A co-worker found this employee bleeding from the head and incoherent. The injured employee can’t remember how he got the head wound. Will workers’ comp pay for the injury?
James Rush worked at the University of Virginia Hospital as a patient care technician.
On July 23, 2011, a housekeeper noticed Rush was wandering around with a dazed look and blood on his face.
Workers later found him in a restroom with a “golf ball-sized knot on his head right above his eye.” His head was swollen and he wasn’t able to stand. Rush was conscious but confused.
No one knows exactly what happened. Hospital staff found blood on a computer desk in an operating room along with some vomit and Rush’s badge on the floor. A chair in the room was overturned.
Rush didn’t remember what happened. Several doctors concluded that he suffered a seizure and fell.
He sustained a brain injury and required complex surgery and extensive follow-up care.
Rush filed a workers’ comp claim for temporary total disability and medical benefits. A Virginia workers’ comp commissioner denied the claim on the grounds he hadn’t met his burden of proving a work-related cause of his injuries.
The commissioner also rejected Rush’s argument that a section of Virginia’s workers’ comp law applied to his case. The section states:
“Where the employee is physically or mentally unable to testify as confirmed by competent medical evidence and where there is unrebutted prima facie evidence that indicates that the injury was work related, it shall be presumed, in the absense of a preponderance of the evidence to the contrary, that the injury was work related.”
The commissioner found that, although Rush didn’t remember how he was injured, he was physically and mentally able to testify.
The workers’ comp commission affirmed the commissioner’s decision. Next, Rush appealed to a Virginia court.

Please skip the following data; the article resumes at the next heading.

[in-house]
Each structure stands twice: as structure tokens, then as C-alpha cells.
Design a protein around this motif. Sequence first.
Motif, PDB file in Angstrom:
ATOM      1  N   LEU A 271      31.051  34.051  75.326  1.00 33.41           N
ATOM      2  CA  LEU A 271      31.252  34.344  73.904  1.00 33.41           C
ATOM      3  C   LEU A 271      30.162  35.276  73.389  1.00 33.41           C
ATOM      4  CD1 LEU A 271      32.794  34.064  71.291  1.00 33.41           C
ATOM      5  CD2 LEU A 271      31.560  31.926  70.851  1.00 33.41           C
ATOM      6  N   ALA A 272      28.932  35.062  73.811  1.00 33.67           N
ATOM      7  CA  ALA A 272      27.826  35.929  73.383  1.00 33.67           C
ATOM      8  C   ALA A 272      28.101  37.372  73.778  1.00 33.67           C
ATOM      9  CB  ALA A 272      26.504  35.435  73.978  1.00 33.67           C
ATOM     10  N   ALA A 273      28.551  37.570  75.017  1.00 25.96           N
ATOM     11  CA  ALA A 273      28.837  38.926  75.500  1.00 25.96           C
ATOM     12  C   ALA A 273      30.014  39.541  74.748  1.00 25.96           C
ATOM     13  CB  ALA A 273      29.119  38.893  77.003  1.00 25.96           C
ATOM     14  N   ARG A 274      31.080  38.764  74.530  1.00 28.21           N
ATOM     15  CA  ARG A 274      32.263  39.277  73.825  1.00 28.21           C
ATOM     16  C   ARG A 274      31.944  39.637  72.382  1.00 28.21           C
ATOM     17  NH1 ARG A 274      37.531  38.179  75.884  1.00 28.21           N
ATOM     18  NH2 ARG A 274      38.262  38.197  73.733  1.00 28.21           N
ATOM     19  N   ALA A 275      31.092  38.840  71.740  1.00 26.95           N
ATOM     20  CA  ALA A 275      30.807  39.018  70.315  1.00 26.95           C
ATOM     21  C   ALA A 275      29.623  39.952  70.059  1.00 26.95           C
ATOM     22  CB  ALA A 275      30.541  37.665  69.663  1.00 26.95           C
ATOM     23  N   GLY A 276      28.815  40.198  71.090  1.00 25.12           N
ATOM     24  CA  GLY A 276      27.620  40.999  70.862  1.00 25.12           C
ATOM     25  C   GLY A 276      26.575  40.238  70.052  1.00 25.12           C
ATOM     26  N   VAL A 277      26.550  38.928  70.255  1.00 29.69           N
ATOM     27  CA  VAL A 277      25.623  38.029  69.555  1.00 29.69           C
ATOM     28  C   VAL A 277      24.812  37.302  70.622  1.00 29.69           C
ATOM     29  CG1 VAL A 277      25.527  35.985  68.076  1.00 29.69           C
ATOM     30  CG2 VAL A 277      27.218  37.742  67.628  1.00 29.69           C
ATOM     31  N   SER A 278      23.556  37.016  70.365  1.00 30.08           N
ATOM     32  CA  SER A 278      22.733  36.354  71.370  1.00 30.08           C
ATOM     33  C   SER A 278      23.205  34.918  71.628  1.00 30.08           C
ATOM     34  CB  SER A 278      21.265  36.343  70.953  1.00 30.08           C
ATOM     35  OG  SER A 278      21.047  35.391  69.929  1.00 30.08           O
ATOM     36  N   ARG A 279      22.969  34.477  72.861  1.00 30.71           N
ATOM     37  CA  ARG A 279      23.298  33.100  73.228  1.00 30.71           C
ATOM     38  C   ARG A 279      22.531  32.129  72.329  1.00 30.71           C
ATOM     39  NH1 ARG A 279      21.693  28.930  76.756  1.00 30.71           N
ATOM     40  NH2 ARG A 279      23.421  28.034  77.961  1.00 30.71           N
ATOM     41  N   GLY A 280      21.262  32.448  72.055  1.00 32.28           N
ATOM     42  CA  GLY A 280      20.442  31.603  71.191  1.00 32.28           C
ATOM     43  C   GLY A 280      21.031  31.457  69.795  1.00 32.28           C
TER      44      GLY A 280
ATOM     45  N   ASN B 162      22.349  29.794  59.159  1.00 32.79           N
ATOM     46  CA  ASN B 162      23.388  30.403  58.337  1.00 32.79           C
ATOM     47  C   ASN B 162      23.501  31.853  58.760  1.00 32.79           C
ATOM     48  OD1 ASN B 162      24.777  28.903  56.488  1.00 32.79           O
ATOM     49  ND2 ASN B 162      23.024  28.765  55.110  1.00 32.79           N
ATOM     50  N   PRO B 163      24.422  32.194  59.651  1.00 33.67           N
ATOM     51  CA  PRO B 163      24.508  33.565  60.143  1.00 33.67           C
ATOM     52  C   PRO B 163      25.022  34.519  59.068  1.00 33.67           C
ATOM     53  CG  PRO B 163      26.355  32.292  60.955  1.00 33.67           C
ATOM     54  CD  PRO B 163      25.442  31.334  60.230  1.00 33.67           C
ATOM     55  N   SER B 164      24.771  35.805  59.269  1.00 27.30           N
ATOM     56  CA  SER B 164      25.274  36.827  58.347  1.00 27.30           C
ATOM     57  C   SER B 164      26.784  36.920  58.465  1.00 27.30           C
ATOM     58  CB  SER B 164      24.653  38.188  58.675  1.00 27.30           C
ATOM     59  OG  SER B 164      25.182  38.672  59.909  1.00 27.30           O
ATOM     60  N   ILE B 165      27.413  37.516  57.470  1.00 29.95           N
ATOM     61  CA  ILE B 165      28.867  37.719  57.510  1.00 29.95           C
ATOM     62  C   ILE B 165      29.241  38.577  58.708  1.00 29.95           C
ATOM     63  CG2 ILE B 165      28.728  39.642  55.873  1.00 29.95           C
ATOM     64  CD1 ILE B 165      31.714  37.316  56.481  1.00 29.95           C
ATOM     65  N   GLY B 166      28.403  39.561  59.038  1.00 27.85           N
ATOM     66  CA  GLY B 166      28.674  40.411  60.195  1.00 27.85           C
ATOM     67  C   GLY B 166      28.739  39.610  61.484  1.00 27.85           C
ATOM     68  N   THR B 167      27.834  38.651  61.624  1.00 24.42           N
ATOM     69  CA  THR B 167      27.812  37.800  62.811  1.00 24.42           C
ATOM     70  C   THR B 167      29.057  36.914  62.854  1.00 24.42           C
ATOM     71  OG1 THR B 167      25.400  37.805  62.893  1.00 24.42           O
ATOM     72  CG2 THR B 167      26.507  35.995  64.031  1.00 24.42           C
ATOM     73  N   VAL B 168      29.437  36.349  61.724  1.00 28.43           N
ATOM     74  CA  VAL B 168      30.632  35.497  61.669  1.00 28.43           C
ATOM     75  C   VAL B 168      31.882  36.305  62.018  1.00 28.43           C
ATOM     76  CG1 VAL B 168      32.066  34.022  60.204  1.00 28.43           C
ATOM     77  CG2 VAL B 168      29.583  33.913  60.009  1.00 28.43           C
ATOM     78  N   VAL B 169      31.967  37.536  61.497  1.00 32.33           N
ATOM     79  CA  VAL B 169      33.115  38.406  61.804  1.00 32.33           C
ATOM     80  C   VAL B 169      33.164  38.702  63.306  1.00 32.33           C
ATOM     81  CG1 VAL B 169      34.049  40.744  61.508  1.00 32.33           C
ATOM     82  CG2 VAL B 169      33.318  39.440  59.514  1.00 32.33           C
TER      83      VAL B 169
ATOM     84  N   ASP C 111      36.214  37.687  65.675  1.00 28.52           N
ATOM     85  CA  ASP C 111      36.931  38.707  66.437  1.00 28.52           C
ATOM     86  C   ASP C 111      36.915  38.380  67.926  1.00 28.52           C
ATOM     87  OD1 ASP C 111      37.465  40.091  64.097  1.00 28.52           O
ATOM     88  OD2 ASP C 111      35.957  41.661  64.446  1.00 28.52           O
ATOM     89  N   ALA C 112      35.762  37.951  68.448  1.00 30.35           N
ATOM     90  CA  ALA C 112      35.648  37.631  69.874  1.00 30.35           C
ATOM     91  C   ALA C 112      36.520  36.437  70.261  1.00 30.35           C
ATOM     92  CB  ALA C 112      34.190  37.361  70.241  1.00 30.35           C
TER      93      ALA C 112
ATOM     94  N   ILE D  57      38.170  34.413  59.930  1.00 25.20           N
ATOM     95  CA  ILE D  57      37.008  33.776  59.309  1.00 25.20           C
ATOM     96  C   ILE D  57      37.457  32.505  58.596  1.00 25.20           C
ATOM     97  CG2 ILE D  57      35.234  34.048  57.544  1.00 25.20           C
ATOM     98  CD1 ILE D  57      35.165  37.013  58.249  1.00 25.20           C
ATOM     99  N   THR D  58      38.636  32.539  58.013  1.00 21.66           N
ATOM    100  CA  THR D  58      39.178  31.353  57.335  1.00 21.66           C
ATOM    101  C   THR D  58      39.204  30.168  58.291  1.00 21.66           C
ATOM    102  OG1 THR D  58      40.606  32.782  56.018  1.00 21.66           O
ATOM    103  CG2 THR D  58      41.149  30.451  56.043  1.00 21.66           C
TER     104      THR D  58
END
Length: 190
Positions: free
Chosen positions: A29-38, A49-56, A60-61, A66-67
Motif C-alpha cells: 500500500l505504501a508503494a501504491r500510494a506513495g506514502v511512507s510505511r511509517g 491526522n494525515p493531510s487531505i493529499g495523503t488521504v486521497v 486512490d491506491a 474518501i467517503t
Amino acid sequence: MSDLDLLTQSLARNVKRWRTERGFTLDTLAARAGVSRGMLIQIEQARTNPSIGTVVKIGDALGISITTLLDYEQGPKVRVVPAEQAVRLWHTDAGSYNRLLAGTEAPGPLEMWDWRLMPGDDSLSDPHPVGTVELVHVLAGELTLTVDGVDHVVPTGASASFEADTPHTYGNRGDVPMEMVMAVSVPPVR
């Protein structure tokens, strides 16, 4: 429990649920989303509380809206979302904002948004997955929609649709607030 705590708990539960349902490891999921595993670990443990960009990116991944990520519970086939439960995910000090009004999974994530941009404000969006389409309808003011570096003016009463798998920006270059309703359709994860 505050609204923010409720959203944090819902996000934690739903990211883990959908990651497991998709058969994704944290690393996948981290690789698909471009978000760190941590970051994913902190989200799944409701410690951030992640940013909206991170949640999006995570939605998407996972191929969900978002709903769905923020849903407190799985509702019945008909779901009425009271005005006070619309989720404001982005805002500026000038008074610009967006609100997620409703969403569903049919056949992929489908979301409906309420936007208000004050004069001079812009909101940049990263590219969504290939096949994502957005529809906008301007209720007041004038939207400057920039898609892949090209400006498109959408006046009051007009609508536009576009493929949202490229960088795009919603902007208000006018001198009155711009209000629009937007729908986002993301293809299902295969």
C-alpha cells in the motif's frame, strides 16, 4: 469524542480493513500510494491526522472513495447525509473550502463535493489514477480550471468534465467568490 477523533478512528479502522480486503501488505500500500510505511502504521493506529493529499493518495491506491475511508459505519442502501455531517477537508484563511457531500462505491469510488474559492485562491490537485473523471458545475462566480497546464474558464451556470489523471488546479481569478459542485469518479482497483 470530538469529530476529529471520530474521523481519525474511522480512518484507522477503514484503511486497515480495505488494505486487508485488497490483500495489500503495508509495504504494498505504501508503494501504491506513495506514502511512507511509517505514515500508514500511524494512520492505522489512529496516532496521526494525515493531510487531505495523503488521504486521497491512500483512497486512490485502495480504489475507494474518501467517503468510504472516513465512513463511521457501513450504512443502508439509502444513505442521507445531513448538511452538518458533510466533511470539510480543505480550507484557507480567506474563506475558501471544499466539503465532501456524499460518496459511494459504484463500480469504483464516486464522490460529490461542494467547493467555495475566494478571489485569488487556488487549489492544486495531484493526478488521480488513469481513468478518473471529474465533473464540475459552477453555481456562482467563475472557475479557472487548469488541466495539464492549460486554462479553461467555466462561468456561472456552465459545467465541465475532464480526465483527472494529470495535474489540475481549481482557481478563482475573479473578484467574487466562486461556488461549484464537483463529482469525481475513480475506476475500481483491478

Is he trying to rewrite the law?
“If the injury can be seen to have followed as a natural incident of the work and … as a result of the exposure occasioned by the nature of employment, then it arises out of the employment.”
However, the test excludes injuries which can’t be traced to employment and which come from hazards the worker would have been equally exposed to away from work.
Since Rush couldn’t remember what happened when he was injured, the actual risk test would prevent him from receiving comp benefits. That’s why he was relying on the part of Virginia’s comp law which allows a presumption that an injury is work-related if the employee can’t physically or mentally testify.
The appeals court found Rush was able to testify. The injured employee was asking the court to interpret the law to read that a worker must be unable to testify about the occurrence of the accident. In other words, a case of temporary amnesia would allow Rush to collect benefits.
But the court found “this additional language is not found in the statute.”
Rush made one last attempt to sway the court. He noted that the state’s workers’ compensation law is to be “liberally construed to carry out its humane and beneficial purposes.”
The court noted that, while this is true, “rules of liberal construction cannot properly be applied to rewrite a statute in order to alter what it actually says.”
The court affirmed the commission’s decision. Rush would not receive workers’ comp for his injuries.
As we’ve written about in previous cases, it’s not always enough for an injury to simply occur at work for an employee to collect comp benefits.
What do you think about the court’s decision? Let us know in the comments below.
(Rush v. University of Virginia Health System, Virginia Court of Appeals, No. 1886-14-3, 3/31/15)